Do as much 'due diligence' on a player as you like, but if his Mrs refuses to settle, he has a fall-out with the gaffer within the first six weeks, he develops a serious gambling addiction, he picks up a chronic inury problem…. the list is endless. But that's what you're judged on. Human flesh and bones. Eleven of them; every weekend. At three o'clock. Not a balance sheet at the end of the first quarter.
It's a rough trade. Arguably getting rougher and rougher.
You watch Mike Ashley's 'love affair' with Newcastle United and wonder how much he regrets dipping his toe in the murky waters of the Tyne; Simon Jordan is ready to listen to offers for Crystal Palace – they are right back where they started in the middle of the Championship for all the ?60 million plus that Jordan must have thrown at the problem of sustaining a long-term place in the Premiership for a club of Palace's ilk.
Are Marcus Evans' reams coming true down the road at Portman Road? What's getting for his money this season, other than a load of grief on the back of two straight home defeats. Not what he signed up for; nor is Shola Ameobi and his 'hamstring trouble'.
Clearly there are other tensions at work – not least the general economic climate. For a company that has, in the good times, worked the loan market to such lucrative effect, Central Trust will not be immune to the ill-wind that's blown through the financial markets of late.
It could be a case of all hands on deck there; and with a young family to consider too, the Turners could yet have found themselves spread too thinly as various pressures mounted.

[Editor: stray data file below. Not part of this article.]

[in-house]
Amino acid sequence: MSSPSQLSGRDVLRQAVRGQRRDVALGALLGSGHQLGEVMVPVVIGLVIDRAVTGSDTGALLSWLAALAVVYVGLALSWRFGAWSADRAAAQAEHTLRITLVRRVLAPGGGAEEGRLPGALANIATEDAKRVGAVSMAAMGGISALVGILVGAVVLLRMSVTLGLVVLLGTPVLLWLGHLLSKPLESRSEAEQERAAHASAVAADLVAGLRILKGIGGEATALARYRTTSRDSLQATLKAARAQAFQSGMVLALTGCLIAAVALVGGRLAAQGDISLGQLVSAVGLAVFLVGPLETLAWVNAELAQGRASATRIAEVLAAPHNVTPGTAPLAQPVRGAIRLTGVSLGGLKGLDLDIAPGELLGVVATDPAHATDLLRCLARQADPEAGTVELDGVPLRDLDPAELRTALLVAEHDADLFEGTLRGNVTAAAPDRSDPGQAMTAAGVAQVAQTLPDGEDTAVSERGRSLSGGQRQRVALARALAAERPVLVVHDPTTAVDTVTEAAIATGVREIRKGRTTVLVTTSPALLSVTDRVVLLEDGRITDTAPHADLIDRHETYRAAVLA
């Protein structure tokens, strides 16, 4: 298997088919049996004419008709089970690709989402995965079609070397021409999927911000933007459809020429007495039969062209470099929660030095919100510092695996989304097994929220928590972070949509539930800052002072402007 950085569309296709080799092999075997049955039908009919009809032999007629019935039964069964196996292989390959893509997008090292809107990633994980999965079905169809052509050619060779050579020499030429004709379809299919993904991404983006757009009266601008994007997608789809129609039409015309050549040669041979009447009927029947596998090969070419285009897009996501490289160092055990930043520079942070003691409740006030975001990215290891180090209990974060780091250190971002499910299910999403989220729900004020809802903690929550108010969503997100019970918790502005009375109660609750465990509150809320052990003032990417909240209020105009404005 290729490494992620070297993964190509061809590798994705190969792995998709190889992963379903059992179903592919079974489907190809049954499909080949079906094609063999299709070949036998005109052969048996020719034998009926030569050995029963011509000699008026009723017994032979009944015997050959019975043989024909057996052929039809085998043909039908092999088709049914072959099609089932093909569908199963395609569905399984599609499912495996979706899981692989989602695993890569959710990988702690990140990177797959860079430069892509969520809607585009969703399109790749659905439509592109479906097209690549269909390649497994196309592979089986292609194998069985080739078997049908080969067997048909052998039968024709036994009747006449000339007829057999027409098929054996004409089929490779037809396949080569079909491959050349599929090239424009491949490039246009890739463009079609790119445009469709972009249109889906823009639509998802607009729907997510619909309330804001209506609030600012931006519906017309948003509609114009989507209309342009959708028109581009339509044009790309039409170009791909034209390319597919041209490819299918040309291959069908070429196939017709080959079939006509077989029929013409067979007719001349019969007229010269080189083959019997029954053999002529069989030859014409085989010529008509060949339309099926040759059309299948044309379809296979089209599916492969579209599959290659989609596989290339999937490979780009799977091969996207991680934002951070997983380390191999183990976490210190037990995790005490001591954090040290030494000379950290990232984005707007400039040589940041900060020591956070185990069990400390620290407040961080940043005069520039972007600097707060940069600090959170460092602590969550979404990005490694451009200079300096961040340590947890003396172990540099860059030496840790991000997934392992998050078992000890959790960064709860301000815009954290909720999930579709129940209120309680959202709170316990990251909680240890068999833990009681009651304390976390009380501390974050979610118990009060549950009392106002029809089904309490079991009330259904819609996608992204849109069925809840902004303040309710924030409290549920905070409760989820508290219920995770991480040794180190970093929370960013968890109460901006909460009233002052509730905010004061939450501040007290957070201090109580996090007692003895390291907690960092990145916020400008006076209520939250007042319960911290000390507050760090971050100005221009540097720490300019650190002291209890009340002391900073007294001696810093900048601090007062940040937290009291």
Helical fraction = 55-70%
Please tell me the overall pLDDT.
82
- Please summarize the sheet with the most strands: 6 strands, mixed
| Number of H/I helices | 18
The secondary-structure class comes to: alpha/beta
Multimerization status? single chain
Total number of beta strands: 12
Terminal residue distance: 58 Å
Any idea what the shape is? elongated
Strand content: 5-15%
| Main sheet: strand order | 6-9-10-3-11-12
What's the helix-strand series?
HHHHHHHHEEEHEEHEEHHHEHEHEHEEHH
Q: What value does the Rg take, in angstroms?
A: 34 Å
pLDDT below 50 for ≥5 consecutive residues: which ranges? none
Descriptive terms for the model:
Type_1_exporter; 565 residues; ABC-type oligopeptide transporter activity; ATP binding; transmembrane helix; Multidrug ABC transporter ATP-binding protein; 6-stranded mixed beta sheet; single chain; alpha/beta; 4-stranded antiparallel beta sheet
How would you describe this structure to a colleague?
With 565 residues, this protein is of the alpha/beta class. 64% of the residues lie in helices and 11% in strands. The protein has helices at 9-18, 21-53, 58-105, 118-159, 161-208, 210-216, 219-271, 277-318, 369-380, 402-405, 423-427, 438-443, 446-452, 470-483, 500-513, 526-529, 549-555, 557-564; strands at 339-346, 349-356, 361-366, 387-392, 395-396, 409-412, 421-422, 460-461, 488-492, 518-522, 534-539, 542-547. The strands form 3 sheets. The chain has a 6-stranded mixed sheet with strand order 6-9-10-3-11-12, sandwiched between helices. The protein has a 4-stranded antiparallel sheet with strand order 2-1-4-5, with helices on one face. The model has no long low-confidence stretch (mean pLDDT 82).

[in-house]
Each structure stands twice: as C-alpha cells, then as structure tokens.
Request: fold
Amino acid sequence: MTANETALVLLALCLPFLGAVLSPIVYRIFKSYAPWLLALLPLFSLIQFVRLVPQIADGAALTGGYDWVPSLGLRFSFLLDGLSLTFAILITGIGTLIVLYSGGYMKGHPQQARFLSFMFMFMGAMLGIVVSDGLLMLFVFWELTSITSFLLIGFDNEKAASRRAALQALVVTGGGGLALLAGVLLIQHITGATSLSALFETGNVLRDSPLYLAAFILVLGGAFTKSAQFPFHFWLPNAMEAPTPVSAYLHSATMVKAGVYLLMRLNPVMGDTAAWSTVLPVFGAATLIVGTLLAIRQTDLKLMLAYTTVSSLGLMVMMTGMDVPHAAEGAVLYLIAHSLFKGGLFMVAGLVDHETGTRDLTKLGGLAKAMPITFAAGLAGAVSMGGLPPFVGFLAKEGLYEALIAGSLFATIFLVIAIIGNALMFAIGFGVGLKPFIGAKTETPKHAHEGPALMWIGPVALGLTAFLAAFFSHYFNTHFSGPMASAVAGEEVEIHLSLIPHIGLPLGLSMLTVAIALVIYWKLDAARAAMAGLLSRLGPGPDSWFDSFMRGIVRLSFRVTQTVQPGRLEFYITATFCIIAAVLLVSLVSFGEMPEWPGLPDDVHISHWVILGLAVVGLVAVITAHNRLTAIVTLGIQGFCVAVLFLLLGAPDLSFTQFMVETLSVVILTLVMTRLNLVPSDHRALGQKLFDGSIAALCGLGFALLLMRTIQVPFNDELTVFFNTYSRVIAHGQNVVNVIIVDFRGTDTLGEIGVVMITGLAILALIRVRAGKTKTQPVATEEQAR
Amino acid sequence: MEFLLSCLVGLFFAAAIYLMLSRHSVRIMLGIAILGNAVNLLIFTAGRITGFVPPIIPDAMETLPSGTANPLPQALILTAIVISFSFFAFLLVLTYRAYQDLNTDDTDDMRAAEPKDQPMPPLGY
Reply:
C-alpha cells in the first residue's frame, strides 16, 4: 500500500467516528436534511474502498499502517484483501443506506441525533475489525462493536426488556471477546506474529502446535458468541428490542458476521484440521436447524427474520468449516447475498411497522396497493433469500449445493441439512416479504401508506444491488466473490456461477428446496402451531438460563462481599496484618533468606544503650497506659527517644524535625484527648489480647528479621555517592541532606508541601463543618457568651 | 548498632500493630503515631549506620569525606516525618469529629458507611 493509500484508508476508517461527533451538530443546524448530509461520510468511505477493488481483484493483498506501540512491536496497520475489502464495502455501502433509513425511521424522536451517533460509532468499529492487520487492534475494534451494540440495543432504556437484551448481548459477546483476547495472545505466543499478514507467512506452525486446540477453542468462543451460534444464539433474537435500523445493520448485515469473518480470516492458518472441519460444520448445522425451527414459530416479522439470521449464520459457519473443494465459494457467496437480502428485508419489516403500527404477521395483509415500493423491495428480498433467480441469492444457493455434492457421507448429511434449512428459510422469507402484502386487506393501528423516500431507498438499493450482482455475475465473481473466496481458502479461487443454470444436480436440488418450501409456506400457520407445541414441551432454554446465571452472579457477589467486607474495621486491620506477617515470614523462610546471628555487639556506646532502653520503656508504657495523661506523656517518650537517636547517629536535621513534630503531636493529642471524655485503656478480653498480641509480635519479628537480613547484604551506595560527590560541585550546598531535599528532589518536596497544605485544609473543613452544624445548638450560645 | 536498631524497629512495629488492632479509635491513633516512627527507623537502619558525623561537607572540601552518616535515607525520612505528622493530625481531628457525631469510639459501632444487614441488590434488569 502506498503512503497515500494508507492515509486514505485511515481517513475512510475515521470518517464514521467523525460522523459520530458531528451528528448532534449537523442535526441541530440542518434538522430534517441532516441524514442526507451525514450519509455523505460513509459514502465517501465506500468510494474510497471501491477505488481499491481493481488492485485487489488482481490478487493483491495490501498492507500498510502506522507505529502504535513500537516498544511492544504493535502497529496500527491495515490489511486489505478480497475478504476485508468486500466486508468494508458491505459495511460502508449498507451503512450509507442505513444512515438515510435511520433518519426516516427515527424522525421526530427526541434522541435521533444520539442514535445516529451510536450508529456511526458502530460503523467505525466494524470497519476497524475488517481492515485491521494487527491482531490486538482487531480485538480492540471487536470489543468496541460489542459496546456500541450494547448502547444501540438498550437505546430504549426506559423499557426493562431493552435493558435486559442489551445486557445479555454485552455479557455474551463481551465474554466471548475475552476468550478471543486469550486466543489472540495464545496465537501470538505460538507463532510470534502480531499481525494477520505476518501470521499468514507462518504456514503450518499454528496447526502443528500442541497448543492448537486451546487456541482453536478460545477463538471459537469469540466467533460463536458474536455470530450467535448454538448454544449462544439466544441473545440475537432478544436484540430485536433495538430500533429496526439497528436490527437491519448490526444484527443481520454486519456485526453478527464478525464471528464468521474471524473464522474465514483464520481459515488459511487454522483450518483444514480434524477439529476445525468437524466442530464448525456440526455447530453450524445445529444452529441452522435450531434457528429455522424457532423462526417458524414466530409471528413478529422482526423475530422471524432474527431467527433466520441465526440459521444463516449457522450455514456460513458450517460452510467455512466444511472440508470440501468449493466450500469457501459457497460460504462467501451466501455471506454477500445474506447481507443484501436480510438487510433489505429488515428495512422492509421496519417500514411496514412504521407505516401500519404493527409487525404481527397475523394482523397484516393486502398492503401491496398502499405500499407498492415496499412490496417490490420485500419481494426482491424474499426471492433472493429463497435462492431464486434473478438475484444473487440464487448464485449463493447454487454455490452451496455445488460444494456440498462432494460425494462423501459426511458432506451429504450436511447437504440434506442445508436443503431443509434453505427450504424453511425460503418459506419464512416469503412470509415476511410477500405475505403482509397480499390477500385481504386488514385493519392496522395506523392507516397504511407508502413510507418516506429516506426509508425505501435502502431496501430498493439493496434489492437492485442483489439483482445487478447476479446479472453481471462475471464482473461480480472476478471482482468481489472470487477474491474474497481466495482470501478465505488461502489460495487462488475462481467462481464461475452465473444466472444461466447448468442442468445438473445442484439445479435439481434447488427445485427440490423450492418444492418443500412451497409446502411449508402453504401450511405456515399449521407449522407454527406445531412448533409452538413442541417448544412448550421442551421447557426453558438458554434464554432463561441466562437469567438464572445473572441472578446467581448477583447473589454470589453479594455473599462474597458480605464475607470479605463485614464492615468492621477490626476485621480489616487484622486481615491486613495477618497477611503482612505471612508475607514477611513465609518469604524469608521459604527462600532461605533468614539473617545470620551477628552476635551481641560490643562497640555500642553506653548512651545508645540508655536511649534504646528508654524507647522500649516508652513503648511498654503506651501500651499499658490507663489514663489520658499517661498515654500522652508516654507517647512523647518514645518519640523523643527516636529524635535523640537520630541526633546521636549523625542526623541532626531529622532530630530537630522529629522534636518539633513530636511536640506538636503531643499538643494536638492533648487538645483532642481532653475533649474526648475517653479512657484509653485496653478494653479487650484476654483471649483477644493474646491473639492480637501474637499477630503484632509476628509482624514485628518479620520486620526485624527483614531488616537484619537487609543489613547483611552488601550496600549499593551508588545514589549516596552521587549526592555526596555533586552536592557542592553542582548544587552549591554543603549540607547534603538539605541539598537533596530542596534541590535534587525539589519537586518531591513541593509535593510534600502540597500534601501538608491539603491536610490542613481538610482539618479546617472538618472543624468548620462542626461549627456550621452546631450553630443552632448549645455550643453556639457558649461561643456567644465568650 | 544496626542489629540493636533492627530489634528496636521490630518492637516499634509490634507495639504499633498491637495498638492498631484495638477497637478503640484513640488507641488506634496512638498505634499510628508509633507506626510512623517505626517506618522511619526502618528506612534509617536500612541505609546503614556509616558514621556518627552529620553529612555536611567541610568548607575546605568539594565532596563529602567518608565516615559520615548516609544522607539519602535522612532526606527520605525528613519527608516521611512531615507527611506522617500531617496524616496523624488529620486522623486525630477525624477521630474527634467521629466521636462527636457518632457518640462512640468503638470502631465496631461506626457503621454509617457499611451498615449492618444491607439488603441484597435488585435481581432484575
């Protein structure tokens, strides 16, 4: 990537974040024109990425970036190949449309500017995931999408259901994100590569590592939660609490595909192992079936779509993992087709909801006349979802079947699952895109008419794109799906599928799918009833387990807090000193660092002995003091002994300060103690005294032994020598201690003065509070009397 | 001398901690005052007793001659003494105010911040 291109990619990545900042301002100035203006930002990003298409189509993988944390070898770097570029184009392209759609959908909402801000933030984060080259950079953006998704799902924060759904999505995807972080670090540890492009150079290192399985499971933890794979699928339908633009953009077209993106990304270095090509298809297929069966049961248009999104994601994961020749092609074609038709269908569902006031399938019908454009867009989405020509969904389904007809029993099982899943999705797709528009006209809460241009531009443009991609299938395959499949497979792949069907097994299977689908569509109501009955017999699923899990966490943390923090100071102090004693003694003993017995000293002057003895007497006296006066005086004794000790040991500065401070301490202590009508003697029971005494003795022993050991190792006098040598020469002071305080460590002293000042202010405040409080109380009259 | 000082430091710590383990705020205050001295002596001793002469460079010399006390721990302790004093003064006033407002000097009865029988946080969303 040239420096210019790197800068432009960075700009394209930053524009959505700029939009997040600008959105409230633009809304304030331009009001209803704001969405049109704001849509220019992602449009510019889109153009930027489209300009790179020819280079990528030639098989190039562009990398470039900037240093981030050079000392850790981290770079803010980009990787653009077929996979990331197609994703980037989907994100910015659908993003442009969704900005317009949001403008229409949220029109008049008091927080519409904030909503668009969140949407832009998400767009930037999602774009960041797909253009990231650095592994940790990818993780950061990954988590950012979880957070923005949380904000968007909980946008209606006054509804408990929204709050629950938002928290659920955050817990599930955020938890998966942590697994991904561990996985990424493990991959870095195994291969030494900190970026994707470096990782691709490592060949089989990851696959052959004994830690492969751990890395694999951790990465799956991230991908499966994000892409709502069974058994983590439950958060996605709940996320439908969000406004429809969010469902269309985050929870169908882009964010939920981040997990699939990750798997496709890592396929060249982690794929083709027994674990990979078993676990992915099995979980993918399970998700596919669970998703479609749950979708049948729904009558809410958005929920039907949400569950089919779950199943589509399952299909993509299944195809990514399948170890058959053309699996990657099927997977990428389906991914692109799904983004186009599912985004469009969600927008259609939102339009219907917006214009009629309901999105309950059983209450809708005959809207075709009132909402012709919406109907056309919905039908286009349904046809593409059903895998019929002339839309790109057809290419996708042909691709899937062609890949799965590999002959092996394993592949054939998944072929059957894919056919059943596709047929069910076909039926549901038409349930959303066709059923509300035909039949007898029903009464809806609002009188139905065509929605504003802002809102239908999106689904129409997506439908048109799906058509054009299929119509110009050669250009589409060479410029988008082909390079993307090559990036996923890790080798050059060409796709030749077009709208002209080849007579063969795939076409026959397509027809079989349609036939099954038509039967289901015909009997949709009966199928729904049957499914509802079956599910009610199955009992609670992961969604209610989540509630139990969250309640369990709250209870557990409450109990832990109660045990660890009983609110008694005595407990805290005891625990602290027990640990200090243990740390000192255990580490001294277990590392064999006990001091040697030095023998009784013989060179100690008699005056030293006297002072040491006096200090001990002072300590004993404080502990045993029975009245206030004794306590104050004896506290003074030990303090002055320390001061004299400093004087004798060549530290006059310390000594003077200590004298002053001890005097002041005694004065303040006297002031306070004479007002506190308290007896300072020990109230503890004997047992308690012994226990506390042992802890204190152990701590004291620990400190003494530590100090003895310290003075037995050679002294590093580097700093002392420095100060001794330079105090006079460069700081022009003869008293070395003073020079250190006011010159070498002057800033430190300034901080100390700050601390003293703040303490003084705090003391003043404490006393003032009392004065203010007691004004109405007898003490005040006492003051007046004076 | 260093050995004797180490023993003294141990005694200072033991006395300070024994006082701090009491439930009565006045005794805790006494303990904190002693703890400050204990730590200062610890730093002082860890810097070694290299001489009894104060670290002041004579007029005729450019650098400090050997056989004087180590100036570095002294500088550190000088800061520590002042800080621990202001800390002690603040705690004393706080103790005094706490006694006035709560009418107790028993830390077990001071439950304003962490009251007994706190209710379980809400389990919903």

They had 14 months to get a real feel for Carrow Road; an insider's look at the way a football club operates and, maybe, simply didn't fancy the rough-house rules that exist.
The whole Cullum-gate affair will have left all concerned battered and bruised; in seeing off that big beast of the corporate jungle, relations may have become strained as the Turners played by the 'City' rules; keeping opinions to themselves whereas the Smiths might have preferred to fight their corner with less of a 'gentleman's agreement' attached.
Perhaps, in the midst of it all, the Turners recognised that – compared to the Towergate billionaire – they too would only ever be seen as 'poor millionaires'; that their riches would never be enough to satiate the wild expectations that Cullum's potential involvement fired into life.
Forget all the other bits and bobs; the reality of buying a Plc, in short. But the perception was that Cullum was about to whack a ?20 million cheque on the table for Glenn Roeder to spend on players.
Having witnessed first hand what ?20 million actually got you – a return ticket to the Czech Republic in Strihavka's case – perhaps the Turners simply figured on letting Cullum find out the had way just what a devil of a business running a football club is.
Unleash the beast of supporter expectation… right, you go and squeeze those dreams, those hopes back into the tin they came from.
The expectation that Cullum and his billions will now be riding to Norwich's rescue up the A11 will be running like a wild fire across the message-boards. Dampening such fires down and dealing with those same, fundamental realities of any Carrow Road takeover will test everyone concerned. To the limit, one fears.